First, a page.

Kid behind fence

Sharing – Addressing Childhood Anxiety as Early as Kindergarten Could Reduce Its Harmful Impacts

The results of this study seem consistent with similar work done in the US and elsewhere. Early interventions matter.

“We are researchers with the Offord Centre for Child Studies in the department of psychiatry and behavioural neurosciences at McMaster University. With colleagues, we undertook a population-wide study of kindergarten-age children attending public schools across Canada between 2004 and 2015. To our knowledge, this study provided the first Canada-wide snapshot of anxiety symptoms among children as they enter school.

Our results demonstrate that a child showing signs of anxiety in kindergarten should not be ignored. Children with elevated symptoms of anxiety are three to six times more likely to be vulnerable in other areas of their development than those with very few of these symptoms.”

Kids who show the signs of struggling with mental health issues do a heck of a lot better if we intervene. Sadly, we don’t do it enough. Sometimes it’s because we don’t have any intervention to offer them. There are no resources available to far too many families. Other times parents and adults are afraid to look for help due to the stigma associated with mental health issues, hoping the kid will grow out of it.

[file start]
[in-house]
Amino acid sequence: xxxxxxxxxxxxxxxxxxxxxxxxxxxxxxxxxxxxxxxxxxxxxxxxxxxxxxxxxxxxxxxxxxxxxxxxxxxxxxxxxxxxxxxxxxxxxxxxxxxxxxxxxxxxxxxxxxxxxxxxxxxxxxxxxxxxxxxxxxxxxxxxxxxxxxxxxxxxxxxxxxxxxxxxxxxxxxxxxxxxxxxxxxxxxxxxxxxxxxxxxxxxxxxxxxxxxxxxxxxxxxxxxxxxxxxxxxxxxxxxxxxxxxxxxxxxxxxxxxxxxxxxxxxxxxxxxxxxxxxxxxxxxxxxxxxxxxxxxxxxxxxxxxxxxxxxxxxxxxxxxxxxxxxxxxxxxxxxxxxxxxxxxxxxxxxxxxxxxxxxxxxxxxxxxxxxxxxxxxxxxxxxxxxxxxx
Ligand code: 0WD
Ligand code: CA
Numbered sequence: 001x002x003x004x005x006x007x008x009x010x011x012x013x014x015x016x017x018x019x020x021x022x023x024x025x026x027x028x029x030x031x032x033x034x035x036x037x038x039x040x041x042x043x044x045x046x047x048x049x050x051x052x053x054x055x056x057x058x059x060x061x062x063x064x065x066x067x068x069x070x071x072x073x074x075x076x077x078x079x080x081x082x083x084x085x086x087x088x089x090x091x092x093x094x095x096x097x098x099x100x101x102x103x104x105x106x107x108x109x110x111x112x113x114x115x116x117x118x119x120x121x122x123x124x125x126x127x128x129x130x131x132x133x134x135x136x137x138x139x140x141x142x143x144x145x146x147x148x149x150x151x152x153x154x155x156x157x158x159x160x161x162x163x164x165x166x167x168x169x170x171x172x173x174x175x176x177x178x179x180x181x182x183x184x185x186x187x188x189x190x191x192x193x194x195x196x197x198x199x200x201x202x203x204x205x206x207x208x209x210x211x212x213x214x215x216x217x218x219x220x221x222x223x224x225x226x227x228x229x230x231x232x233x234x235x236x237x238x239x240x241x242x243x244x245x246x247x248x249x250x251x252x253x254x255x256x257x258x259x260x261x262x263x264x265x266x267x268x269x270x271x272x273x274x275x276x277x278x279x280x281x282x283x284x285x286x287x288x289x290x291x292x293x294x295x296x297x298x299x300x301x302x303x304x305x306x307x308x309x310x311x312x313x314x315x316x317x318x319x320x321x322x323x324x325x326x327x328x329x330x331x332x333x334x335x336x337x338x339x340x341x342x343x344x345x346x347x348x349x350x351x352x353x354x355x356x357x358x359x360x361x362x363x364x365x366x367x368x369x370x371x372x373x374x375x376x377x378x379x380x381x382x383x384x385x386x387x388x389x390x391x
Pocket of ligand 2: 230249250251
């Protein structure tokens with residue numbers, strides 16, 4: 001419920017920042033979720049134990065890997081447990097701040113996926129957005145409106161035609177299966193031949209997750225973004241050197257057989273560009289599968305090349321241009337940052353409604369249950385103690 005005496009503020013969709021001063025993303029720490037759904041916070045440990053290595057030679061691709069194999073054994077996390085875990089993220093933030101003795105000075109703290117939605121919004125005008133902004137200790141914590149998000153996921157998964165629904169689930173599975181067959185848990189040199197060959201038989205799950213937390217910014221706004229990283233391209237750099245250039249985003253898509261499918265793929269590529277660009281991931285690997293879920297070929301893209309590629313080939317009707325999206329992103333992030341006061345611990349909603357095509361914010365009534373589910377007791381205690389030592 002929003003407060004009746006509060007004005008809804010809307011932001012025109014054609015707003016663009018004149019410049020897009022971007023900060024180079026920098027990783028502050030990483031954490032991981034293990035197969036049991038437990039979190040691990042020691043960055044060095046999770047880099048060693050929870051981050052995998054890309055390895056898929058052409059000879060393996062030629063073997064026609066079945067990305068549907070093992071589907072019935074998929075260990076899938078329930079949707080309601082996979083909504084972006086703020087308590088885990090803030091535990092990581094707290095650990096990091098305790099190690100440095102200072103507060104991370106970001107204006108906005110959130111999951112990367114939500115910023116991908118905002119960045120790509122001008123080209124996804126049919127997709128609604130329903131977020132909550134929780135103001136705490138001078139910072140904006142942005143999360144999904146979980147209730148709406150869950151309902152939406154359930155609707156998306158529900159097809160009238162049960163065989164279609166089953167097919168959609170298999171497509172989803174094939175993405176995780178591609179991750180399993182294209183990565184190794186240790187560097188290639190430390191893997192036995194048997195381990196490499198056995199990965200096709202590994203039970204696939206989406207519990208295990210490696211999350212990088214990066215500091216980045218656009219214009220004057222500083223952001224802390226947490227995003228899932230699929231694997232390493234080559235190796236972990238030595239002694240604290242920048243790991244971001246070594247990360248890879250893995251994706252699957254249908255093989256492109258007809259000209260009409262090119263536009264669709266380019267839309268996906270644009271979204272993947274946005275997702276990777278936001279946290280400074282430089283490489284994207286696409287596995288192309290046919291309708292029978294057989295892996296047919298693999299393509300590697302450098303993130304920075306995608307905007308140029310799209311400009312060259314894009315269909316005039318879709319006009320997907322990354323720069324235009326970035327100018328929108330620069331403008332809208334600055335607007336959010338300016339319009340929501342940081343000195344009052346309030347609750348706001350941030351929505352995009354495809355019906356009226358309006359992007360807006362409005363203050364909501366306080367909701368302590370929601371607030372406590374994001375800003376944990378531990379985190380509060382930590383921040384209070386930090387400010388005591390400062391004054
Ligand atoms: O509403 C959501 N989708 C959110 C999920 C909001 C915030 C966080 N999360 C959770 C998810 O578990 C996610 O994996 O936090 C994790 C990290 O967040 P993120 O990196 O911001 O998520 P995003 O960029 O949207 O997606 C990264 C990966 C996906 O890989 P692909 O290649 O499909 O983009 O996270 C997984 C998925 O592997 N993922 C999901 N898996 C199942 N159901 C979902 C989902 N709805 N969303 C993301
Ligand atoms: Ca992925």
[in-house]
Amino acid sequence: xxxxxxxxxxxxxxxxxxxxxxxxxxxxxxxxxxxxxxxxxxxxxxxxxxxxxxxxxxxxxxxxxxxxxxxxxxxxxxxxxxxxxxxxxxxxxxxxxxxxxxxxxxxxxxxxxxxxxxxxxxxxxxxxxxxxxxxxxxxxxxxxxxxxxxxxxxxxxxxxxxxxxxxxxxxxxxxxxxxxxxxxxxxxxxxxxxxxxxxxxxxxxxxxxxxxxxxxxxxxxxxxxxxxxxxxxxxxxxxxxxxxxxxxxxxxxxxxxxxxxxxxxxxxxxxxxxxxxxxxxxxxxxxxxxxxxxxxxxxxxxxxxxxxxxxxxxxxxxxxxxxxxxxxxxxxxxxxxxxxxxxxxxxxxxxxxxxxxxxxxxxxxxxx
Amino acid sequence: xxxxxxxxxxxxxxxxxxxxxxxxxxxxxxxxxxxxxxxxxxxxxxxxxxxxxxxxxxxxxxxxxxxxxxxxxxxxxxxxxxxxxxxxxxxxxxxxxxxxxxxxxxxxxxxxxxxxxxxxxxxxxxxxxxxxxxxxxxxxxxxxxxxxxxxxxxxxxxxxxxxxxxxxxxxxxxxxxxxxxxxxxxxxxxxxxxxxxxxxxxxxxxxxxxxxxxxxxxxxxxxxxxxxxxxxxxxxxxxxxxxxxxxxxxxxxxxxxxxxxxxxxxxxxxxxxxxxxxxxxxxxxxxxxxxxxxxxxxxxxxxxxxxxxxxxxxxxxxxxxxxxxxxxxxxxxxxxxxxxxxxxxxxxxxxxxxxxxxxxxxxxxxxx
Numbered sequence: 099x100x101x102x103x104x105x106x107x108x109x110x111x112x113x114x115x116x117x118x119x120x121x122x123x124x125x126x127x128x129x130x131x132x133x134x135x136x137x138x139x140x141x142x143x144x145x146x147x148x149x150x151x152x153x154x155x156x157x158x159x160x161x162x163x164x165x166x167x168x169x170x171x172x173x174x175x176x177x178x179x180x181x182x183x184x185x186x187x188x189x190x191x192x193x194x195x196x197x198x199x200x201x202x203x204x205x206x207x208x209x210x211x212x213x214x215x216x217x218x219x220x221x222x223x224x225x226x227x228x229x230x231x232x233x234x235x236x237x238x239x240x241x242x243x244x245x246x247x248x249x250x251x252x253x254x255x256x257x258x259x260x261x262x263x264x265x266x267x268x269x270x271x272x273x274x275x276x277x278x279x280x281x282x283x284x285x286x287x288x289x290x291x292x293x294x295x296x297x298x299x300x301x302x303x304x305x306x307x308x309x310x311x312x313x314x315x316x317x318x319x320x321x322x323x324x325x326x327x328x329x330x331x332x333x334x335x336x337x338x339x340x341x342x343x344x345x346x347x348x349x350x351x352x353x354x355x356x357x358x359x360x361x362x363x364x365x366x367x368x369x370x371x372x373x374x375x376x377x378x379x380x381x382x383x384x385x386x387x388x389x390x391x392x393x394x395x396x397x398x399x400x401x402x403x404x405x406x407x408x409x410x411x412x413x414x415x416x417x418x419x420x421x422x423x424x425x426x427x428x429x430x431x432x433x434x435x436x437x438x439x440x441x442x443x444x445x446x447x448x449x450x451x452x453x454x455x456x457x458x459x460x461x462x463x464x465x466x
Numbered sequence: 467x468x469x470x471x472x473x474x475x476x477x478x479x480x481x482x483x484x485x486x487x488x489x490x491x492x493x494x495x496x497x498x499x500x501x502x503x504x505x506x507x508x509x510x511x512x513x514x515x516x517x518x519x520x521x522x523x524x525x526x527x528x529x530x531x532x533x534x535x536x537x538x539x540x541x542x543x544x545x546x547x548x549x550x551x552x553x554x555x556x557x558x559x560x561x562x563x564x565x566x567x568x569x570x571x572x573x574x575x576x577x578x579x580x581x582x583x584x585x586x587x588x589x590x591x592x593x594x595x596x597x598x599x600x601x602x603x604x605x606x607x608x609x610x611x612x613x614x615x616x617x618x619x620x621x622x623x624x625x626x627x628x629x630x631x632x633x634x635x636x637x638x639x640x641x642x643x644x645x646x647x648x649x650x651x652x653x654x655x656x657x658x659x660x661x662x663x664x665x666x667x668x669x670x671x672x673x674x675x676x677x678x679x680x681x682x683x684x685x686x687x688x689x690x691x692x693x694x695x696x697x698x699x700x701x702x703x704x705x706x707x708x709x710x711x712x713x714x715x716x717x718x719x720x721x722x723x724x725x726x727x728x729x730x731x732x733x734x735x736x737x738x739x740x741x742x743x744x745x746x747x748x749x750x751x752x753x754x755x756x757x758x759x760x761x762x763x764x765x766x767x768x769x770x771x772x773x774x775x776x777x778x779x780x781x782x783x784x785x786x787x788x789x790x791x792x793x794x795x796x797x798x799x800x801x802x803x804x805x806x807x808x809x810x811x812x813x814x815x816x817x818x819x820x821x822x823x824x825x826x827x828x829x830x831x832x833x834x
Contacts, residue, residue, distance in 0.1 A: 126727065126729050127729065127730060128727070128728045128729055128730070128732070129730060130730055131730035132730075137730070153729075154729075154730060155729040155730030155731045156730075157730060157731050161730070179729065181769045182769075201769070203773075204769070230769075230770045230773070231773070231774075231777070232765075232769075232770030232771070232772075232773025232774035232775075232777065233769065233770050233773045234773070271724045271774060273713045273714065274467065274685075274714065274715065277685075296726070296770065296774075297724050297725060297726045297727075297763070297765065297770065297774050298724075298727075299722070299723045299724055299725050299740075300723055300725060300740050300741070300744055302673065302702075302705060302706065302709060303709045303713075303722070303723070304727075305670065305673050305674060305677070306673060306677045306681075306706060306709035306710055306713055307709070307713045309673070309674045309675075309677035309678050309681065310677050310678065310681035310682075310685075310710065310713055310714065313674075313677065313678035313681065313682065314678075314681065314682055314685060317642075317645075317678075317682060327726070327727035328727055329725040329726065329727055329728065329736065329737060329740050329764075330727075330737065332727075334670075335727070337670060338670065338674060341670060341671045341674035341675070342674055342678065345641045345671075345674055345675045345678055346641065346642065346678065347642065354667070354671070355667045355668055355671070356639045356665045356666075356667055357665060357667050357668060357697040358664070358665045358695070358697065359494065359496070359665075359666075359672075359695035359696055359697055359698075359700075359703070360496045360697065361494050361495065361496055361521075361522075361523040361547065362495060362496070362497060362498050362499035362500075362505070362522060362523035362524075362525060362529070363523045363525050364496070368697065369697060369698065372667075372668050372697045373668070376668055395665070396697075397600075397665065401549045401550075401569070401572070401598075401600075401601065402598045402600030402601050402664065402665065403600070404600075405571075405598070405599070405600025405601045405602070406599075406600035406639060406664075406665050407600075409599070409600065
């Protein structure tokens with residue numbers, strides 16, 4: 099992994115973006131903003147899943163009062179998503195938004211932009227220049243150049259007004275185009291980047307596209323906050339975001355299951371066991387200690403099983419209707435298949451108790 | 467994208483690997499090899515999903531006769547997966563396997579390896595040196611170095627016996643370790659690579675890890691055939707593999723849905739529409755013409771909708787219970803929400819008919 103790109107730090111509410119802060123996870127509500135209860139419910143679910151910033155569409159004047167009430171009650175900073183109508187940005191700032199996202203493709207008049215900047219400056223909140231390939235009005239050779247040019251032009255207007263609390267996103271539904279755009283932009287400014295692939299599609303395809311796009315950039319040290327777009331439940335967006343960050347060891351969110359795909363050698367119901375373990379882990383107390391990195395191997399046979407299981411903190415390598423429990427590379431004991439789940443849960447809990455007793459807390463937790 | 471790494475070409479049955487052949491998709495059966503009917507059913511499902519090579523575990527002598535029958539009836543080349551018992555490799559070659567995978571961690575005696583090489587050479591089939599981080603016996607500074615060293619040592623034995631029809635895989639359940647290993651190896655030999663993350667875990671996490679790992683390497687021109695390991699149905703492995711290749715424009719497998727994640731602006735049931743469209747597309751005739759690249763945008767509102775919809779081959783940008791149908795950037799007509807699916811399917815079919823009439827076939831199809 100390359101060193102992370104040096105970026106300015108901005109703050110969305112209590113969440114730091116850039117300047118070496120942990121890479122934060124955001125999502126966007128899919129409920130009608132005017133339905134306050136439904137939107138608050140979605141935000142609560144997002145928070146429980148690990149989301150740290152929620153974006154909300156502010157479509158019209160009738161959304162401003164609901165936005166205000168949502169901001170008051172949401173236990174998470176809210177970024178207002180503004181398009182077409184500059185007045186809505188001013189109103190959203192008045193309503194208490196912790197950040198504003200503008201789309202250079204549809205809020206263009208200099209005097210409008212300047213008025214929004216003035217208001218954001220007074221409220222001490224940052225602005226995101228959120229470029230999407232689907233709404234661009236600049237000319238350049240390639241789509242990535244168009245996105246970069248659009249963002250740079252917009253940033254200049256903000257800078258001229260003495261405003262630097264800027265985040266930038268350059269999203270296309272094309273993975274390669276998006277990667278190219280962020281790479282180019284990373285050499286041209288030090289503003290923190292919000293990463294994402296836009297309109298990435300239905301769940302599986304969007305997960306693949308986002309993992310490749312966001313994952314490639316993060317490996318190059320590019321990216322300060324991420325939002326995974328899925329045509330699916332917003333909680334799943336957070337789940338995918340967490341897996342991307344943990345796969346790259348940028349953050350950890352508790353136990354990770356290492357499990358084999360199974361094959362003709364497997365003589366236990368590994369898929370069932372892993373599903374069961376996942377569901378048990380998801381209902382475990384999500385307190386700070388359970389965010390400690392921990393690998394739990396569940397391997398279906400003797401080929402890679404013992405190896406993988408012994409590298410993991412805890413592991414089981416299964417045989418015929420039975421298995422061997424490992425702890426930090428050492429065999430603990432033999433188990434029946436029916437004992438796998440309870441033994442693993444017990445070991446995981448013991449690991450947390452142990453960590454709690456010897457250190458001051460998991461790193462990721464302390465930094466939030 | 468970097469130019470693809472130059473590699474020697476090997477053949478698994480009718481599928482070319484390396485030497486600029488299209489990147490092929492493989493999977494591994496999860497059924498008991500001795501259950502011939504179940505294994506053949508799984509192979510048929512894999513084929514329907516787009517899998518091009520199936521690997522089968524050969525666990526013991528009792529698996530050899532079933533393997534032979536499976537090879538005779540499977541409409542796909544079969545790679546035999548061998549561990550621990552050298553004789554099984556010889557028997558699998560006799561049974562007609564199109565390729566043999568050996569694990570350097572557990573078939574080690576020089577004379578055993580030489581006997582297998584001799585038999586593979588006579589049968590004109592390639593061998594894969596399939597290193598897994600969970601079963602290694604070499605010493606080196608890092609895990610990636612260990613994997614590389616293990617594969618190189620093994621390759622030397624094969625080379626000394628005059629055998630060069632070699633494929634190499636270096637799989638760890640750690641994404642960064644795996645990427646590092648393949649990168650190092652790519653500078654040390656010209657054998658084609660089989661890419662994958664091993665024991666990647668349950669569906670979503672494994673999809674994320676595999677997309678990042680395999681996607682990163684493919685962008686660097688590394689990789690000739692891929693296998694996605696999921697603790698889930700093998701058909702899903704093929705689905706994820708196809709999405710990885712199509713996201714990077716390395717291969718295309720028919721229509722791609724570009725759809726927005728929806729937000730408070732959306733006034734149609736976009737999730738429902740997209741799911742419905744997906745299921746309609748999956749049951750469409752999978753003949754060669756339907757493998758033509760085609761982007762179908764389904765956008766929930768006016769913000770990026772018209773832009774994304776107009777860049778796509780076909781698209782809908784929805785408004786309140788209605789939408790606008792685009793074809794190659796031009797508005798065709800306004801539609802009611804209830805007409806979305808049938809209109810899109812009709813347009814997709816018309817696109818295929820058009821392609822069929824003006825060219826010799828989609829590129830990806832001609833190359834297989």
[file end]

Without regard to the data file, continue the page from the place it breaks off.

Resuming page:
Whether it is due to stigma or a lack of resources, what we wind up with is many kids growing up with untreated anxiety, depression, bipolar, and even things like schizophrenia. Their symptoms, untreated and unrecognized for years, continue to get worse. The struggles with their mental health prevent them from developing in several areas, leading to even more stress and anxiety well into adulthood. Which makes things even worse.

The benefits of early intervention are almost endless. More kids getting help early would mean fewer adults growing up after years of untreated issues, which might mean fewer people lacking housing, in jail, struggling with addiction, etc. It makes business sense and is just a compassionate thing to do.

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